Facebook may not use data from WhatsApp says Germany

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With the deadline to accept WhatsApp’s updated terms of service fast approaching, Germany has cut Facebook off at the pass and banned that practice before it starts.

The move comes after WhatsApp’s questionable decision to strangle features for users until they either leave the app or are forced to accept the updated terms and conditions.

With some 60 million WhatsApp users in Germany according to Euronews, the Data Protection Authority met in Hamburg to discuss the matter.

The result of that meeting is a three month ban on collection of WhatsApp data by Facebook.

“The order aims to secure the rights and freedoms of millions of users which are agreeing to the terms Germany-wide,” said head of the Data Protection Authority in Hamburg, Johannes Caspar.

“We need to prevent damage and disadvantages linked to such a black-box-procedure,” Caspar added.

In addition to the ban in Germany, Caspar has reportedly approached the European Union and asked data regulators there to take action and issue a ruling similar to his across the bloc of 27 nations.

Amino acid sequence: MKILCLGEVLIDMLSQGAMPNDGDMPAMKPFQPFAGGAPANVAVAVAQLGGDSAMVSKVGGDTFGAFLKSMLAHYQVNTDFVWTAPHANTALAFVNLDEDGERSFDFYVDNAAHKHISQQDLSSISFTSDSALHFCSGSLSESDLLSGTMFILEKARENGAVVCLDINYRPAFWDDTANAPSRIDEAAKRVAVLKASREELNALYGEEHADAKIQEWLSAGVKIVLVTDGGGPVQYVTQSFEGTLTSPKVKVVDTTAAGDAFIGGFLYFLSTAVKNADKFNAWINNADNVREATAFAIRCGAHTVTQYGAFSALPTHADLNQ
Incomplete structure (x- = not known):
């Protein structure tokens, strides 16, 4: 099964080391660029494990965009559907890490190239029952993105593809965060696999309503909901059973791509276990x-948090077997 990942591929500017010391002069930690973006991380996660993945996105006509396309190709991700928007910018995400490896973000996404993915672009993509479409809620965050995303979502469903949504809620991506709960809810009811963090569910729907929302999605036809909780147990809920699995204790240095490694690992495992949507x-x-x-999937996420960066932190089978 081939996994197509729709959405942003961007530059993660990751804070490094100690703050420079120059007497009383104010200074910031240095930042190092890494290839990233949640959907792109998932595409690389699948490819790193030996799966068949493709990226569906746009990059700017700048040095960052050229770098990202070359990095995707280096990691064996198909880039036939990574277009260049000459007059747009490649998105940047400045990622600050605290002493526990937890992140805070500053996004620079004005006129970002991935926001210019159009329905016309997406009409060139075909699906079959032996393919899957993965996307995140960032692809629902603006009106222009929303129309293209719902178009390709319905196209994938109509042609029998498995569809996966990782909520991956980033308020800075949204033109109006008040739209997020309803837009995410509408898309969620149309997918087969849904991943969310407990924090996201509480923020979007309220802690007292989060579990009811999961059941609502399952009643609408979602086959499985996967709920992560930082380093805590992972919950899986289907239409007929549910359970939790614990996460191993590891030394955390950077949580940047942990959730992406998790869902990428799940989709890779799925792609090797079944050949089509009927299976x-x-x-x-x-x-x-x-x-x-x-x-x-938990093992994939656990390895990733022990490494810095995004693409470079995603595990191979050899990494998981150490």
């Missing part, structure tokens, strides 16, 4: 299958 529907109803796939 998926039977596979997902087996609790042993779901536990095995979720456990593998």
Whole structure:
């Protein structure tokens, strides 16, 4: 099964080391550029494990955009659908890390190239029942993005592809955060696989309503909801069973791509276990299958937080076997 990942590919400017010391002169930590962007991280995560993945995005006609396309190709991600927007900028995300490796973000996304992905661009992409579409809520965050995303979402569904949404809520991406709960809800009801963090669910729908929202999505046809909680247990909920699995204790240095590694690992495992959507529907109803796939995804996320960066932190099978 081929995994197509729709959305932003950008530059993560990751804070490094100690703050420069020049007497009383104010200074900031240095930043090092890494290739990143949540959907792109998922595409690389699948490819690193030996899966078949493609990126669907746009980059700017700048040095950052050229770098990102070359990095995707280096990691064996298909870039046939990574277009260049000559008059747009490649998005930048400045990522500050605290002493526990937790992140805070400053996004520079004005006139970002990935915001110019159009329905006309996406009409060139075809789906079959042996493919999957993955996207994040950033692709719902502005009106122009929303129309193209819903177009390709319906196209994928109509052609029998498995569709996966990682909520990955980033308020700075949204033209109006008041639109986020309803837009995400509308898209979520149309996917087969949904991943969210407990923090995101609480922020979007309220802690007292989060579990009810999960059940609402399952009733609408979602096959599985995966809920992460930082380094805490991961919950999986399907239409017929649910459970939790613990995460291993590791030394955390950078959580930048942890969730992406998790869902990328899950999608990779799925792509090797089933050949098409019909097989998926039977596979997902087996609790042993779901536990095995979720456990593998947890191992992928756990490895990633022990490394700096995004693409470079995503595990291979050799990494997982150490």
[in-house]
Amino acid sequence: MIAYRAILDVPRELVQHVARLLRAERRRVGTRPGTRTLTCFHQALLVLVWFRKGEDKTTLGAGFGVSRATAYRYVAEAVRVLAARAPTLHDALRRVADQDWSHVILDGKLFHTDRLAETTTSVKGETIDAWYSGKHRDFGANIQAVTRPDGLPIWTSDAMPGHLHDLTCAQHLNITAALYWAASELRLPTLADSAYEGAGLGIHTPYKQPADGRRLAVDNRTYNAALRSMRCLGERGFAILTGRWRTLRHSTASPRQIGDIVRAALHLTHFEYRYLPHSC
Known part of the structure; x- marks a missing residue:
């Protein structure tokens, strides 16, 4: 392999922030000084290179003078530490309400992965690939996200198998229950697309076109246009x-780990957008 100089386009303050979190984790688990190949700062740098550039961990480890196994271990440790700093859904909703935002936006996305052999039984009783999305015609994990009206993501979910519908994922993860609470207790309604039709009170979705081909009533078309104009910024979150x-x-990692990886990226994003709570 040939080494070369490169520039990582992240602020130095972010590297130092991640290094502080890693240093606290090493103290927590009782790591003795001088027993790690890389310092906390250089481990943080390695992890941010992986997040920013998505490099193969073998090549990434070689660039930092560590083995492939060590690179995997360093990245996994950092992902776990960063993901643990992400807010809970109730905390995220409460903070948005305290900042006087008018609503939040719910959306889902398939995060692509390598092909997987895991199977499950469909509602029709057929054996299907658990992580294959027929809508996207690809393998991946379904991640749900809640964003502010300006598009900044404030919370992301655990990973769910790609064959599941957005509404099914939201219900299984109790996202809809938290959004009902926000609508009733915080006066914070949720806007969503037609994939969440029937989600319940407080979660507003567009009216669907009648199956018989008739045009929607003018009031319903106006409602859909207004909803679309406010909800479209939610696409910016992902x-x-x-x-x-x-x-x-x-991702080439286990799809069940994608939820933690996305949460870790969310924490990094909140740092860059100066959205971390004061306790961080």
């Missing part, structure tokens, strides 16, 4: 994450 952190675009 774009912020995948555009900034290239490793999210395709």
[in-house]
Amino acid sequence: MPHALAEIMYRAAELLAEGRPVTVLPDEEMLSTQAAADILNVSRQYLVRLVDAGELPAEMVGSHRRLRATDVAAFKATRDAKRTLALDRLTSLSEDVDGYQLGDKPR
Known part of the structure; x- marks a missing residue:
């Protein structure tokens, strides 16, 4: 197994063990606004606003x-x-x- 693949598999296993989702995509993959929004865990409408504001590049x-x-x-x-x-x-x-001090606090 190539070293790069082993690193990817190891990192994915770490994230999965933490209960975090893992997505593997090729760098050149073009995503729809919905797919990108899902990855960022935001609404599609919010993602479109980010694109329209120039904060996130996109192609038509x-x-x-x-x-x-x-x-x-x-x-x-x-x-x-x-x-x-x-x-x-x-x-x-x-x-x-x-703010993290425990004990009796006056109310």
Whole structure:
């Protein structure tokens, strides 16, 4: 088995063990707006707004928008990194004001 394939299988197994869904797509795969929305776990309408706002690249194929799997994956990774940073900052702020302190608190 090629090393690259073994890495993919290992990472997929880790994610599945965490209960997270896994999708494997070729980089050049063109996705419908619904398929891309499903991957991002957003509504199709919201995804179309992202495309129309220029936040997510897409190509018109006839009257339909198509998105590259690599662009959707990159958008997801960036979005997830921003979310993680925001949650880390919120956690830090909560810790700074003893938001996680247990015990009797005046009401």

But WhatsApp isn’t going to stop the roll out of its update just because a country said so, this is a Facebook company after all.

A spokesperson for WhatsApp told Euronews, “As the Hamburg DPA’s claims are wrong, the order will not impact the continued roll-out of the update. We remain fully committed to delivery secure and private communications for everyone.”

So Facebook/WhatsApp is challenging a government now. We’d say this won’t end well for Facebook but that would be a misinformed opinion. Earlier this year, the Australian government fought Facebook and it lost after Zuckerberg et al cut access to news via Facebook in Australia.

Whether this three month ban will have any effect on WhatsApp’s presence in Germany will have to wait until Saturday when the deadline to accept the new terms of service arrive.

Brendyn Lotz

Brendyn Lotz

Brendyn Lotz writes news, reviews, and opinion pieces for Hypertext. His interests include SMEs, innovation on the African continent, cybersecurity, blockchain, games, geek culture and YouTube.